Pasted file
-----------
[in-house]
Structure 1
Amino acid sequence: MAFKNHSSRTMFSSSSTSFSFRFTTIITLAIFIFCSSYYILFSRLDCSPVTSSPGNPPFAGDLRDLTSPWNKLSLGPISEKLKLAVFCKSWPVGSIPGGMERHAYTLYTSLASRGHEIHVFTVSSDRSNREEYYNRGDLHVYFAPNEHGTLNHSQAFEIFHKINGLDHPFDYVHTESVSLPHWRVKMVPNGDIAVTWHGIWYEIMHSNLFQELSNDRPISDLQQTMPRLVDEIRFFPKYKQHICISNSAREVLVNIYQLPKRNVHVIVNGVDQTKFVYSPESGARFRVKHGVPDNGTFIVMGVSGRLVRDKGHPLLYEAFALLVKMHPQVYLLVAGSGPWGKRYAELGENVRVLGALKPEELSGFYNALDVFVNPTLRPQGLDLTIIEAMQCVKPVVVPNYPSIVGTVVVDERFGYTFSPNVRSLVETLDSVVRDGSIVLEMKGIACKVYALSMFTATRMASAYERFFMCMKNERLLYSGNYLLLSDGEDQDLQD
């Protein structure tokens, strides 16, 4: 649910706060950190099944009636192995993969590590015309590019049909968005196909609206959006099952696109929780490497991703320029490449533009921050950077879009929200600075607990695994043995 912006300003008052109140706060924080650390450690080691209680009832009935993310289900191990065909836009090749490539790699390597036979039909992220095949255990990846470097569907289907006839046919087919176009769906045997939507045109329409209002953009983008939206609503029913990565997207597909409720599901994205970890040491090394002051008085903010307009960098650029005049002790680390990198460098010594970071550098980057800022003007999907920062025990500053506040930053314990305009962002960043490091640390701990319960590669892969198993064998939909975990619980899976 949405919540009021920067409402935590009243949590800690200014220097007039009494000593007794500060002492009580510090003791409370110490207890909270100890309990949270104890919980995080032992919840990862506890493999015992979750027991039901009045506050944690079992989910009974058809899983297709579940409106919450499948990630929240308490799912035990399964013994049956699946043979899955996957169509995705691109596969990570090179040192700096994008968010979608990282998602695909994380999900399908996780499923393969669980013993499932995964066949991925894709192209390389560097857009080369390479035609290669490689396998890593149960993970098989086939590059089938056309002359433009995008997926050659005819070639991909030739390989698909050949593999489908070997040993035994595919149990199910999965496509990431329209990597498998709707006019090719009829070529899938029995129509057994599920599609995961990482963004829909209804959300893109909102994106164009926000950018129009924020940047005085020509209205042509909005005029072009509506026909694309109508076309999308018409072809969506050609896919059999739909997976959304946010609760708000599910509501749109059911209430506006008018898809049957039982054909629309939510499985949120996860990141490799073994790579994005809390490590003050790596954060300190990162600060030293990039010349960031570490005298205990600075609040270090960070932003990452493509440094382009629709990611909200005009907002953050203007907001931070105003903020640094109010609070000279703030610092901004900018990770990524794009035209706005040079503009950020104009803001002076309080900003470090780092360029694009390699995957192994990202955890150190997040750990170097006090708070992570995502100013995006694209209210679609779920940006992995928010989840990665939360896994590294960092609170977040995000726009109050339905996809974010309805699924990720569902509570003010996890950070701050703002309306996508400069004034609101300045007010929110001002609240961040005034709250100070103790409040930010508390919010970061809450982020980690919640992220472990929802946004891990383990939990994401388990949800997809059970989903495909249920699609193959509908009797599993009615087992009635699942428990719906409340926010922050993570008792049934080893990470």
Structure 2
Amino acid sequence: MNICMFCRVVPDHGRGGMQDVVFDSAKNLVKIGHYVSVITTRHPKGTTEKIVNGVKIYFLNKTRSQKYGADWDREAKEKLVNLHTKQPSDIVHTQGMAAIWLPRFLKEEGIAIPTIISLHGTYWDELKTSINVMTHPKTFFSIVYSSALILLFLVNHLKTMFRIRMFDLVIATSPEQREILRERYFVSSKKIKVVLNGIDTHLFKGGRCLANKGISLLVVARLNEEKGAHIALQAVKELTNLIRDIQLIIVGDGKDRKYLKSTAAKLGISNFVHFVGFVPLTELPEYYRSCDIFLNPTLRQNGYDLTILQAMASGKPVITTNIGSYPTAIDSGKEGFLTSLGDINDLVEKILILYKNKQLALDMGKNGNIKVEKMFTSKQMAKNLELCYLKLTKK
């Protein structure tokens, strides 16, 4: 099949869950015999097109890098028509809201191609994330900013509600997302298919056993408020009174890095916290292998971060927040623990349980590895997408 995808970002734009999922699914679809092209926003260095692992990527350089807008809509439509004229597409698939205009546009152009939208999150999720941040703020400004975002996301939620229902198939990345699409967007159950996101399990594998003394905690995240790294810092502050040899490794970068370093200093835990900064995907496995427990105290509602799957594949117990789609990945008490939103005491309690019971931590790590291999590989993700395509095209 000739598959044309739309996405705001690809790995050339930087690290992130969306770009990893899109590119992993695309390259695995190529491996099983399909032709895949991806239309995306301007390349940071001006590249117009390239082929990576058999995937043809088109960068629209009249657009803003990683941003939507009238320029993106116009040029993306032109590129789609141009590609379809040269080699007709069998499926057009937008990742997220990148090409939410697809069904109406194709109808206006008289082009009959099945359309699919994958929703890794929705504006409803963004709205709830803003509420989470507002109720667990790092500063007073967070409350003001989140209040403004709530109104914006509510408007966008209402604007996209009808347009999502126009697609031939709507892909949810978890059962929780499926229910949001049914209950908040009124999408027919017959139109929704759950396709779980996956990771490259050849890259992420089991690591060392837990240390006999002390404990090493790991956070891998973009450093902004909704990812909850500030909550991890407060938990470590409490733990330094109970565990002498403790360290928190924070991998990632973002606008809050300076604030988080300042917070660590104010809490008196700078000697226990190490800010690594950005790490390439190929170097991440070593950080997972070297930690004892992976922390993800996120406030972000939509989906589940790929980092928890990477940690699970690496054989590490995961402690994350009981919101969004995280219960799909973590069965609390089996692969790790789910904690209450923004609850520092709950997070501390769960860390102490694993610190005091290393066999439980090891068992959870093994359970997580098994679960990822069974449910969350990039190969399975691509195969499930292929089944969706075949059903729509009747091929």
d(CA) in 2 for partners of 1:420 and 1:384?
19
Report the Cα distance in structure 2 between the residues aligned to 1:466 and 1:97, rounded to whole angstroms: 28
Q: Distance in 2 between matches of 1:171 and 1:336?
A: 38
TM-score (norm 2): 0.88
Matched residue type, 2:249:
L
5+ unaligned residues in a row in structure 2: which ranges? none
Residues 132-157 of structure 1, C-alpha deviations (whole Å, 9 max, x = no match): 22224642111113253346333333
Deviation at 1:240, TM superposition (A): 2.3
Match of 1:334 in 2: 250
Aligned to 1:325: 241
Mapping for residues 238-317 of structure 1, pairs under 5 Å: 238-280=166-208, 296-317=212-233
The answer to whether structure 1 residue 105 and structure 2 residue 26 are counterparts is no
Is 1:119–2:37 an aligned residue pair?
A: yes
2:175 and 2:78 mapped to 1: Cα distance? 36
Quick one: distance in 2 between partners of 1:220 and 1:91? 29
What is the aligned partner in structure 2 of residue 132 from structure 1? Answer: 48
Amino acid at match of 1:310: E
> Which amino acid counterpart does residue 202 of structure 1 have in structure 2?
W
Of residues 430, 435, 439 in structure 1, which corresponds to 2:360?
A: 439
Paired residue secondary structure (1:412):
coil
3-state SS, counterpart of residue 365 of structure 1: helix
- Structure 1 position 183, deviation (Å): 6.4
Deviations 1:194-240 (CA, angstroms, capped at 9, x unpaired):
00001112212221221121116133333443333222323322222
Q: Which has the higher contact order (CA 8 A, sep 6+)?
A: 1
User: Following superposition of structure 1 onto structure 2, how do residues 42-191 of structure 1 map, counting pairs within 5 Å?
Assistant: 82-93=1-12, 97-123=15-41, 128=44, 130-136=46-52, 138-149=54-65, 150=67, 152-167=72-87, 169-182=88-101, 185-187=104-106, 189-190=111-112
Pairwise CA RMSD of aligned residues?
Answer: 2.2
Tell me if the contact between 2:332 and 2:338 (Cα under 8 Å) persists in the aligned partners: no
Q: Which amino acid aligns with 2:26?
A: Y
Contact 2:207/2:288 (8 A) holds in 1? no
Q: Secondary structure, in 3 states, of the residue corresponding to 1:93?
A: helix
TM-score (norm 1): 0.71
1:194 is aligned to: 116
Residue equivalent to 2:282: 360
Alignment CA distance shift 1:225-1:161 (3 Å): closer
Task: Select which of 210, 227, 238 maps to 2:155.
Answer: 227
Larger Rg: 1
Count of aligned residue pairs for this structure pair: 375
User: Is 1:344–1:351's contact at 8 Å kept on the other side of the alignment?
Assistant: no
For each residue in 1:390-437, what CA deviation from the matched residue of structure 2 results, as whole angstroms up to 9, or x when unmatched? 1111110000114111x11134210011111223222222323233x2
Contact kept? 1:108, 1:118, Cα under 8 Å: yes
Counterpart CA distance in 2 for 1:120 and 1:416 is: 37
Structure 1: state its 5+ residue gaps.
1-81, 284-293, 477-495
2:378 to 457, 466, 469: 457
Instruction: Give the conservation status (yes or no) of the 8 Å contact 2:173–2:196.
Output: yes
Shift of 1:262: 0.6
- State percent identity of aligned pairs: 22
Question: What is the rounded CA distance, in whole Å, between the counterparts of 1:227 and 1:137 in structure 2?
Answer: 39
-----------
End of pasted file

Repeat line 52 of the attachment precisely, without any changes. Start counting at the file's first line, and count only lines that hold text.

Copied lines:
1:194 is aligned to: 116